Trading virtual currencies can be a challenge for any investor. The key to figuring out how to do it right is knowing the definitions. What, exactly, does it mean to trade derivatives, and how is that different than exchanging regular cryptocurrency contracts?
If you don’t like the idea of having to put a ton of money on the line every time to venture into the market, consider using futures, forwards, and even a cryptocurrency CFD (contract for difference). It’s easy to get spooked by all the unusual terminology, particularly if your only experience is buying and selling old-school stocks and bonds. Know the following definitions and key points and you’ll be well on your way to making money with CFDs on virtual currency.
The Two Kinds of Derivatives
If you count options, there are three main types of derivative trading. For currency enthusiasts, however, there are only two kinds that count: futures and forwards. It can be confusing because the two are very similar. Both are formal contracts in which people agree to buy or sell an asset at some named date in the future for a set price. If I agree to sell, and you agree to buy, 100 shares of IBM stock one year from today for $150 per share, we have a forward agreement. It’s not a futures contract for the sole reason that we make the deal privately, just between ourselves. Futures trades take place in public, on open exchanges. Other than that, the two kinds of deals are virtually identical.
Know These Facts Before Risking Your Money
If you have a hankering to buy and sell crypto derivatives such as a cryptocurrency CFD, you need to know that their value is based on a real asset, like Bitcoin. Changes in the daily price of Bitcoin will affect the prices of future, forward, and any other type of non-traditional deal where Bitcoin (or some other form of virtual money) is the underlying asset.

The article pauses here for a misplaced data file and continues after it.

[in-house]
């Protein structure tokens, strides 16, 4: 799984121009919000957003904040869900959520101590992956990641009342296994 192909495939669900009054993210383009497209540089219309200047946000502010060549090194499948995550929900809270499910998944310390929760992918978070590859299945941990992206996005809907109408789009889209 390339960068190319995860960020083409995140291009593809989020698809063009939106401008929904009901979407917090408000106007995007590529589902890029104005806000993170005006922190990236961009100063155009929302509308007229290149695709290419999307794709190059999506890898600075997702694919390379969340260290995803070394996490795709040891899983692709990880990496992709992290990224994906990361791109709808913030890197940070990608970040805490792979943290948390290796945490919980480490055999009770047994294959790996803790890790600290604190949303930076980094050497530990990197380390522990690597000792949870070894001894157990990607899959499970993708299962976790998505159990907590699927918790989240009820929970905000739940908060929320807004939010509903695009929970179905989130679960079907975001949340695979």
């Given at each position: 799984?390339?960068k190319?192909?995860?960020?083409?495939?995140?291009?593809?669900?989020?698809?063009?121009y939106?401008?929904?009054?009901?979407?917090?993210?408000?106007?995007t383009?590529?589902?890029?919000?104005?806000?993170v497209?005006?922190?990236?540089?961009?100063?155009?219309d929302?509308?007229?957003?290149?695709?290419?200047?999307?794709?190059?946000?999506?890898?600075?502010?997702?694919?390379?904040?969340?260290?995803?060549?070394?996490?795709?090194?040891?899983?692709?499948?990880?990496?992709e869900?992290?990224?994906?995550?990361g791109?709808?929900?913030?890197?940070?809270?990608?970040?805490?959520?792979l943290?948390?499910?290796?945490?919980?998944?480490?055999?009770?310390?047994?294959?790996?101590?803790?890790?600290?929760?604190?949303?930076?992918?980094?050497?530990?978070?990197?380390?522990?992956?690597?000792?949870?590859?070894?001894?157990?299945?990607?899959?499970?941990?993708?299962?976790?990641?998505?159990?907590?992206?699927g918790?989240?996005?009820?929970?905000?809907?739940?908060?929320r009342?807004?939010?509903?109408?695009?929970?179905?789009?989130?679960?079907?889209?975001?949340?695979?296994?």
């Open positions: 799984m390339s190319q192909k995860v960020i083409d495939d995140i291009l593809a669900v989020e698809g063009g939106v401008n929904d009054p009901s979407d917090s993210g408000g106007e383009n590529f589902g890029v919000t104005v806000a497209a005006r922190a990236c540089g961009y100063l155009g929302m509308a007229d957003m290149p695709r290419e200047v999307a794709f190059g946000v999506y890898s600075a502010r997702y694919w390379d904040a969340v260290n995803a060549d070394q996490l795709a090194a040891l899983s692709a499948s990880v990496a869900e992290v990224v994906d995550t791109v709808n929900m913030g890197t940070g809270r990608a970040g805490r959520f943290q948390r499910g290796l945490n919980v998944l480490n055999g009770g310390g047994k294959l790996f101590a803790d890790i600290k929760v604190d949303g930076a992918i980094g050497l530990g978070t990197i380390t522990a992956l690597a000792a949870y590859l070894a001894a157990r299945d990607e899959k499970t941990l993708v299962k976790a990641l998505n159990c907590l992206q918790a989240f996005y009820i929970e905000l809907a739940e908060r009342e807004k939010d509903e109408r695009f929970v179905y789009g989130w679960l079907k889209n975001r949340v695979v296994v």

If I decide to buy one BTC (Bitcoin) for the current price of $9,286, I’m hoping that the price will go up between now and when I sell it. If the price spikes to $12,000, for example, by next week, I might decide to sell, thus banking a profit of more than $2,700. That’s what brokers call a traditional, or vanilla trade. I bought something, held it, and then unloaded it when the price went up.
If you purchase a futures contract on Bitcoin, you agree in writing that you will buy some specific number of coins at some fixed date in the future for a set amount of money. You might agree to buy three BTC coins nine months from today for $10,000 each. Of course, I’ll hope that the current value, $9,286, goes up substantially between now and then. If it rises to $12,000, you’ll have the luxury of buying 3 BTC coins at a huge discount. But if the coin’s value falls to $8.000, you’re going to face a rather significant loss of 3 x (10,000-8.000), or $6,000 because you’ll have to buy (according to the legal agreement) 3 BTC for $10,000 each, even though the value, nine months from now, falls to $8,000 per BTC coin.